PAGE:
The primary mission of the Political Science Department's graduate program is to prepare students for careers in academia. The Department gives equal emphasis to training students for both the research and teaching sides of such a career. Many of our graduates also successfully apply their political science training to nonacademic careers. The M.A. program offers study in two broadly defined fields: American Politics and International Studies (focusing on our particular strengths in Comparative Politics and International Relations). The M.A. program is structured to give students a comprehensive grounding in the methods, theories, and major sub-fields of Political Science as preparation for the Ph.D. program.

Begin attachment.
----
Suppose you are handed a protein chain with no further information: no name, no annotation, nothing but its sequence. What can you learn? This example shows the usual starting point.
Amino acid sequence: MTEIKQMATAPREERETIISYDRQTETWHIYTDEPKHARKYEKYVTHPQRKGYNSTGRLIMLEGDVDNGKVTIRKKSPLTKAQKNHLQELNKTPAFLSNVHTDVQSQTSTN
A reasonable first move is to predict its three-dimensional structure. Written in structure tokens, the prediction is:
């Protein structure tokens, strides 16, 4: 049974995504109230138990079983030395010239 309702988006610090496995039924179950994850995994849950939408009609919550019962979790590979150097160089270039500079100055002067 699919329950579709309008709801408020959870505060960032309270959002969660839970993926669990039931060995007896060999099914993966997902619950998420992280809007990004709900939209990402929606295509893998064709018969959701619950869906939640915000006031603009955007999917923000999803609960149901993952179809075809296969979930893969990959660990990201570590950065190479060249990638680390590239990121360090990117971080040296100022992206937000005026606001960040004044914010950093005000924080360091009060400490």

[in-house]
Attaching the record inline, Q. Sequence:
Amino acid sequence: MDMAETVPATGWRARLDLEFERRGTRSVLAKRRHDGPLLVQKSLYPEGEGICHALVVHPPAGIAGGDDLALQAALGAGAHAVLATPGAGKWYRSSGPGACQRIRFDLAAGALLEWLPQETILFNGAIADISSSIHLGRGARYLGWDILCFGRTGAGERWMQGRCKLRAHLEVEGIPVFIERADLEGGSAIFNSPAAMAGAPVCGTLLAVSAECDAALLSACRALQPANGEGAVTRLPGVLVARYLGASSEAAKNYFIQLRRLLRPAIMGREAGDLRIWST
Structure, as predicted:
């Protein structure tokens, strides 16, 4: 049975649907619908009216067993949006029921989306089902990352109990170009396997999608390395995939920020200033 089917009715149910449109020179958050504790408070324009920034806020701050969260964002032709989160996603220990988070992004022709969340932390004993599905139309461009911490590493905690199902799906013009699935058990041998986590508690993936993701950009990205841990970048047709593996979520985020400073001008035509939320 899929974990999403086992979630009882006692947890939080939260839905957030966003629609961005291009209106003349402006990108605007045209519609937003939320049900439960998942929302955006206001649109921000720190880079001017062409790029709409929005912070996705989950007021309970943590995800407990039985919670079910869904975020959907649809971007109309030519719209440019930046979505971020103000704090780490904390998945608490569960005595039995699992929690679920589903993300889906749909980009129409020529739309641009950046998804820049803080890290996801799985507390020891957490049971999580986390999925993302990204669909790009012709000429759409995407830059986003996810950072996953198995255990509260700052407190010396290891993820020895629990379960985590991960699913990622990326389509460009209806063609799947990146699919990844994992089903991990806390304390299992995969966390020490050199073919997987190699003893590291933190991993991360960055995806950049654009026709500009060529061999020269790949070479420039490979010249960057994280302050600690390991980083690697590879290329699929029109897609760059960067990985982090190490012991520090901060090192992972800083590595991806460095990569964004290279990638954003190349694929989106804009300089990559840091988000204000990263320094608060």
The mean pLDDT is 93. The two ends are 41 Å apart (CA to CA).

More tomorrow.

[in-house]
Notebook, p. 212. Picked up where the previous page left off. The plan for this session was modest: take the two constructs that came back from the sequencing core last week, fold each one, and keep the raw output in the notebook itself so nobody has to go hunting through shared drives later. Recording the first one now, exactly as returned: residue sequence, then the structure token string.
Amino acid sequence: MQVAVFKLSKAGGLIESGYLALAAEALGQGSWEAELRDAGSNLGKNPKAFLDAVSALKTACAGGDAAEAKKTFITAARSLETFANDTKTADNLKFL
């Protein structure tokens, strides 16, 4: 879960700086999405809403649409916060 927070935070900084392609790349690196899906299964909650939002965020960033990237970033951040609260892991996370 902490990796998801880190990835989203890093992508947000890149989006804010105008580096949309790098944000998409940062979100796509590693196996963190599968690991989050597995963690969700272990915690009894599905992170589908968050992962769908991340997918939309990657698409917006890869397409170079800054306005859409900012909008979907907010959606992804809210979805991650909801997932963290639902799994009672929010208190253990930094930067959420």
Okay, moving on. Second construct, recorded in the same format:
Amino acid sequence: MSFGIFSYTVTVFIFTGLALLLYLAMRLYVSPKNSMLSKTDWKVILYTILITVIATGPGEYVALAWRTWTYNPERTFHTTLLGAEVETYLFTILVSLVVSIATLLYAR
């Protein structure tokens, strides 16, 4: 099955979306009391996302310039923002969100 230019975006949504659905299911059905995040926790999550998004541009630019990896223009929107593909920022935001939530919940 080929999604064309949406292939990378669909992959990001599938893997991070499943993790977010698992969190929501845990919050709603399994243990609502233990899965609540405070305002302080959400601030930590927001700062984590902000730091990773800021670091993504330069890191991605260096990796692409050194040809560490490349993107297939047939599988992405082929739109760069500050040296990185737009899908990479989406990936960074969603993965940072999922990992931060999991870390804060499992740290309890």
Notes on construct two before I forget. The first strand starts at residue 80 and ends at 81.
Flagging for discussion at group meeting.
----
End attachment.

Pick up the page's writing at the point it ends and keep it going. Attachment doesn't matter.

Time Limit for Degree Completion: 3 years

Campus Location:


Full-Time/Part-Time Status:

Students are able to complete the degree program through classes offered before and after 4:30 p.m. Students are also able to complete the degree program on a part-time basis (8 credit hours or less per semester).

Department Information:

Dept. of Political Science

409 Gladfelter Hall
1115 West Berks Street
Philadelphia, PA 19122


Interdisciplinary Study:

Not applicable.


Not applicable.

Study Abroad:



Not applicable.


Not applicable.

Areas of Specialization:

The American Politics faculty teach and conduct research on political institutions, public policy, urban politics, and political economy. The International Studies faculty teach and conduct research in the areas of international organization and security; international political economy; international ethics; international identity; the comparative politics of advanced industrial societies, particularly Western Europe; the comparative politics of developing nations, particularly Latin America, China, and East Asia; and the politics of democratization.